Langdale Pikes from Loughrigg

Keswick Launch

Keswick Boat Landings

CA12 5DJ

Tel:- 017687 72263


The Keswick Launch company operates a lake cruise and waterbus service on Derwentwater. Services run around the lake, starting from the boat landings at Keswick, and calling at six lakeshore jetties, Ashness, Lodore, High Brandelhow, Low Brandelhow, Hawes End and Nichol End (see map below). The entire round the lake cruise takes just over 50 minutes, but many people use the waterbus to get to various points on the lake shore to enjoy a walk. Hawes End is particularly popular with those ascending Catbells. Services run in both clockwise, and anti clockwise directions.

  • Boats run both clockwise, and anti-clockwise around the lake

  • Summer service features one boat per hour in each direction

  • Winter Service features 3 boats per day in each direction.

  • Pay on boat. There are prices for a round the Lake Cruise, and also lower prices for sailing between jetties.


About Derwentwater

Derwentwater is situated to the south of the town of Keswick. It is just 3 miles long, one mile wide, and in comparison to other navigable lakes relatively shallow at just 72 feet at it's deepest point.

It is surrounded by extensively wooded slopes, and a number of major high fells, giving it a unique scenic appeal. To the north lies the town of Keswick, with Latrigg and Skiddaw beyond. To the west is the ever popular Catbells, whilst the southern end of the lake is dominated by Castle Crag, and beyond, the Borrowdale Valley.

The Keswick to Borrowdale road runs along the eastern shore of the lake and has a regular bus service, which in summer includes an open topped service. There is an unclassified, road along the western shore connecting the villages of Grange and Portinscale, making a driving tour of the lake possible. However, driving is not the best way to see Derwentwater. A mixture of Lake Cruise and Walk is by far the best way to get the most out of this delightful lake.

Derwentwater has four main islands, Lord’s Island, Derwent Island, St Herbert’s Island, and Rampsholme Island. Lord’s Island was once the home of the Earl of Derwentwater and the ruins of the house can still be discerned in the undergrowth. St Herbert’s Island is named after a hermit who lived there in the 7th Century. All of the major islands are owned by the National Trust, as is much of the shoreline.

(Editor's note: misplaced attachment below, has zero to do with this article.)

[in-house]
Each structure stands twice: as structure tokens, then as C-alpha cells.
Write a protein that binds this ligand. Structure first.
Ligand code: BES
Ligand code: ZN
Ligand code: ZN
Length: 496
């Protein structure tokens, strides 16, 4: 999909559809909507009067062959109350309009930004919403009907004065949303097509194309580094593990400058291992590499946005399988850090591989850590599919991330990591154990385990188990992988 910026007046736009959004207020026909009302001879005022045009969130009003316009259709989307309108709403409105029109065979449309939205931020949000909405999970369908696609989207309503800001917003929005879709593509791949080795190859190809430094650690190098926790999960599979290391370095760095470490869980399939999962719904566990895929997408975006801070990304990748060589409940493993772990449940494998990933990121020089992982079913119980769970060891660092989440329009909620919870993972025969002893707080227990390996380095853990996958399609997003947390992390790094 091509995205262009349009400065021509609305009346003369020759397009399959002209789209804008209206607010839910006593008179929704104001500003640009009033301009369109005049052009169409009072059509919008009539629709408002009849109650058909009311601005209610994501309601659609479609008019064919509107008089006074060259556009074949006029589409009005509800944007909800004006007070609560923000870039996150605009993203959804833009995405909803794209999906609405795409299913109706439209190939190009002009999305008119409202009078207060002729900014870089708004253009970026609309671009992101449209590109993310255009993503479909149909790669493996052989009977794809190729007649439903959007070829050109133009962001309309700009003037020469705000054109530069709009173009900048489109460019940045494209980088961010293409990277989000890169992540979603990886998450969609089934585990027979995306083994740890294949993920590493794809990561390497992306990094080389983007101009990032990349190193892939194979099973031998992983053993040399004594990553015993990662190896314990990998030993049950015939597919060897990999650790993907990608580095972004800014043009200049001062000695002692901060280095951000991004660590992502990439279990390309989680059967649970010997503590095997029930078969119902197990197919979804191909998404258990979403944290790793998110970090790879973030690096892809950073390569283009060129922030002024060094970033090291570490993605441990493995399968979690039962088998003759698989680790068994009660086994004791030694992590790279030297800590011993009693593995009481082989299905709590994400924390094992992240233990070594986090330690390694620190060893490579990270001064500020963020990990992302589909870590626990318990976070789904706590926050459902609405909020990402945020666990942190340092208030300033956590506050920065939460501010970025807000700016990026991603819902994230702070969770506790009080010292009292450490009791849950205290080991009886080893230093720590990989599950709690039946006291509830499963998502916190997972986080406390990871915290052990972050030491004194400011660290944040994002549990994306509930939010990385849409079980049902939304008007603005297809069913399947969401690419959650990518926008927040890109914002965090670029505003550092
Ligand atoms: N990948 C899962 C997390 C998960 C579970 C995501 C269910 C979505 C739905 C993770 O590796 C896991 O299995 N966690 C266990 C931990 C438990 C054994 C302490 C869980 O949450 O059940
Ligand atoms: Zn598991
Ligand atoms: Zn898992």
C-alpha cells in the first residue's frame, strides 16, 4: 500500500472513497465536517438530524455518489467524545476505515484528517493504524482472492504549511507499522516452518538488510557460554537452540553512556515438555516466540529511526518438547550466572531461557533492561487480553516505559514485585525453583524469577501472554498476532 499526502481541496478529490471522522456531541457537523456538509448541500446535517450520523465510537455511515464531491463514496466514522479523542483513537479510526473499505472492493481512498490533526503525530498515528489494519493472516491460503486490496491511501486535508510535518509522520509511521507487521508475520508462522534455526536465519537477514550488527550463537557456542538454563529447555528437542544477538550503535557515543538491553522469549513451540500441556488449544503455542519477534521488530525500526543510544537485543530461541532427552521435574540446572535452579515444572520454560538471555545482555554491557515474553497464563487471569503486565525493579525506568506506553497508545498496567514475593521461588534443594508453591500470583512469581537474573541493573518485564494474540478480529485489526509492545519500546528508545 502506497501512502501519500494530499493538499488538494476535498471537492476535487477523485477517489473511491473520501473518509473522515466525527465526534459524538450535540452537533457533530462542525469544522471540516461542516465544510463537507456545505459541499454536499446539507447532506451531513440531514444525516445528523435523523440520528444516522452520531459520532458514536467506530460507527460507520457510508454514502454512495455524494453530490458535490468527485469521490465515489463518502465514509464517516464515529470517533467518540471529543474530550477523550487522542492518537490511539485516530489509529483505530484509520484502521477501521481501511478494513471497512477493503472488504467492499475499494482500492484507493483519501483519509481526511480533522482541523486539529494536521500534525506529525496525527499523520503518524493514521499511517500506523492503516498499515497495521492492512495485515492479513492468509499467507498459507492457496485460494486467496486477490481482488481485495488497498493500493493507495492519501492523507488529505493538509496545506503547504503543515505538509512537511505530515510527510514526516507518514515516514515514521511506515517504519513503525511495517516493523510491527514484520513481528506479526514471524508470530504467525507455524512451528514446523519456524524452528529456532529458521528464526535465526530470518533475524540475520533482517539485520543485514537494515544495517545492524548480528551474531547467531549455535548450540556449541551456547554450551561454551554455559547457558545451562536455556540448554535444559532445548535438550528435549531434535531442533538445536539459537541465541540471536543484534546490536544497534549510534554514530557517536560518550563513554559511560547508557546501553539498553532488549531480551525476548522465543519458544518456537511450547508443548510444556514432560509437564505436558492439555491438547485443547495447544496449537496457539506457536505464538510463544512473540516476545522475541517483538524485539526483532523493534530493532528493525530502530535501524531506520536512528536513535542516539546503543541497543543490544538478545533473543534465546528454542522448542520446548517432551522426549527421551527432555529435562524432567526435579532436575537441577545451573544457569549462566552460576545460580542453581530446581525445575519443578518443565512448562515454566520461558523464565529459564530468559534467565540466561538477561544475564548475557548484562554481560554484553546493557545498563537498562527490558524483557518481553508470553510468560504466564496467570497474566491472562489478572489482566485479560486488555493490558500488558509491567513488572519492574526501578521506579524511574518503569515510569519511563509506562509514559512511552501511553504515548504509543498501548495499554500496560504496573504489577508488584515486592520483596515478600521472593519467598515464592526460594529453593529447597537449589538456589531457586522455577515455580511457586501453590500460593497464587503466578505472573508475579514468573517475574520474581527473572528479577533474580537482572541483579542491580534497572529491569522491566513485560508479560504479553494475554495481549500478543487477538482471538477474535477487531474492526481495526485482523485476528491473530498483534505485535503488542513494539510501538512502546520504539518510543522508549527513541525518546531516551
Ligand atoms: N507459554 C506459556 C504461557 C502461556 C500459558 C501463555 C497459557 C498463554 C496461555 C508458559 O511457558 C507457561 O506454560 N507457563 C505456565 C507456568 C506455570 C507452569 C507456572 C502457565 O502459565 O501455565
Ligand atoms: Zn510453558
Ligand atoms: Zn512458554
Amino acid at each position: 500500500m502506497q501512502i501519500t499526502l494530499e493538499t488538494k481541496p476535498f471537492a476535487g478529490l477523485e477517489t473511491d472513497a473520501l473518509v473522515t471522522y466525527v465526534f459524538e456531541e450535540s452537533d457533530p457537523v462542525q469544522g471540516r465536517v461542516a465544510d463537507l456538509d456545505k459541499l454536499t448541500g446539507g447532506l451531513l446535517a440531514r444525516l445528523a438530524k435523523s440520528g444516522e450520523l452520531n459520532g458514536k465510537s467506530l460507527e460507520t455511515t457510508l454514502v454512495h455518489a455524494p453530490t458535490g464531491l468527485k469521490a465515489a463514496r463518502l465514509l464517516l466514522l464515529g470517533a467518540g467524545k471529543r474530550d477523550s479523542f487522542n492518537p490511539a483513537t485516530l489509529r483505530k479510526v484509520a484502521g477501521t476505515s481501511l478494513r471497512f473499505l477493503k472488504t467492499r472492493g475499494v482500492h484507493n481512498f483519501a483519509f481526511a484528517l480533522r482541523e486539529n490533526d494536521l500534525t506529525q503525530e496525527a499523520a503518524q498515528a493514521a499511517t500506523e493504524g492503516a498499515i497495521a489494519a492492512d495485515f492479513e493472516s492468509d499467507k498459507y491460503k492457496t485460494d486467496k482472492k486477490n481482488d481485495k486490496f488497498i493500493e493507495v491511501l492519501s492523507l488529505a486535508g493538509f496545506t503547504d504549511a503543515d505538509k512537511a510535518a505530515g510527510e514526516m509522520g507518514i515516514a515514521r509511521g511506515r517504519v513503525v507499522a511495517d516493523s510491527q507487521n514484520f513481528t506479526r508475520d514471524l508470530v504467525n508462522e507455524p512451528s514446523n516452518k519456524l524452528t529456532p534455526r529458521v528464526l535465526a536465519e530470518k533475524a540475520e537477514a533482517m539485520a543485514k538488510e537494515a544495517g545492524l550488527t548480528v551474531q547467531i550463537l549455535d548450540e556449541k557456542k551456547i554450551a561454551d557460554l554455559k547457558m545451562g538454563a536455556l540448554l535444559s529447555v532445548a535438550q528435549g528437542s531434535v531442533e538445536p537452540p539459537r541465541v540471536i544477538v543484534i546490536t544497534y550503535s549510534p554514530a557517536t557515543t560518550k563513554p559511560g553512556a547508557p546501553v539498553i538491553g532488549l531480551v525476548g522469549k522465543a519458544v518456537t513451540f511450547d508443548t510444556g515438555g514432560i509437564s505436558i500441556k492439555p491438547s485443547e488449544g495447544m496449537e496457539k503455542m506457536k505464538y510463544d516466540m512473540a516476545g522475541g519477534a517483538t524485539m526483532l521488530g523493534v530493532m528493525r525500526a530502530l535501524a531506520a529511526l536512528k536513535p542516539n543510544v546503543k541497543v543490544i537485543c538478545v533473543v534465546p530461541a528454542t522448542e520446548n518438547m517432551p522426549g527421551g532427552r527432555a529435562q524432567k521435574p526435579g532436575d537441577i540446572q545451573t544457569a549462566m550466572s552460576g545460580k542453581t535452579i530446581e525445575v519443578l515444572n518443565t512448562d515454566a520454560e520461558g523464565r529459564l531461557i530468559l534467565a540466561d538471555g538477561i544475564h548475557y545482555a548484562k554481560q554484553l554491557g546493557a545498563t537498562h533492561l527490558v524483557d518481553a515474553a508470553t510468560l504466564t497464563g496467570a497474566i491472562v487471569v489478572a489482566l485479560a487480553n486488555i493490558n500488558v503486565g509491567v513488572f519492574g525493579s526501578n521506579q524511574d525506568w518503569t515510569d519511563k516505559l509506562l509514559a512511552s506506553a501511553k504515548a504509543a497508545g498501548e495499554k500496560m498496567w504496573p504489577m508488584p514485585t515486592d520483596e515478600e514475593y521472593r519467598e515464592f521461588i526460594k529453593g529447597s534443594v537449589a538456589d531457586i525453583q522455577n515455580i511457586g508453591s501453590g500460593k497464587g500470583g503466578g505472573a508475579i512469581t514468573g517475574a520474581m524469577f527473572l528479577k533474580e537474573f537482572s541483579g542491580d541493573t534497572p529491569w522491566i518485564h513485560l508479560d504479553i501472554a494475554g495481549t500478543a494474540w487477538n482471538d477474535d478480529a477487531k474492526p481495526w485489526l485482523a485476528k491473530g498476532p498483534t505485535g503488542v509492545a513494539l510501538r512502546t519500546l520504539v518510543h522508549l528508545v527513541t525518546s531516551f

The lake also has a Beatrix Potter connection. Before she was married, she spent several summer holidays at Lingholm and also one at Fawe Park, both on the western shore. The two houses, their gardens and the surrounding landscape provided inspiration for several of her books. It was here that Mrs Tiggy Winkle had her laundry.


Rowing Boat and Motor Boat hire

Rowing boats and small cabin cruisers are available to hire from Keswick Boat Landings.

Walks

There is a National Trust shop just by the lake at Lakeside Car Park, from where leaflets can be bought describing Family Walks round Derwentwater.

The Jetties

The above map is taken from the Keswick Launch website, and shows the position of each of the 7 jetties.

Facilities

  • Cafe at Theatre by the Lake, close to Keswick boat landings.

  • Pay and Display car park with toilets.

  • Rowing Boat hire available at Keswick Boat Landings.

  • Regular waterbus services from Keswick to 6 piers around the lake.

  • Walkers Special Cruise runs from Keswick to Hawes end each morning.

  • Stay on the boat for the full cruise or stop off at any of the jetties to catch a later boat back - ideal for walking.

 

 

 

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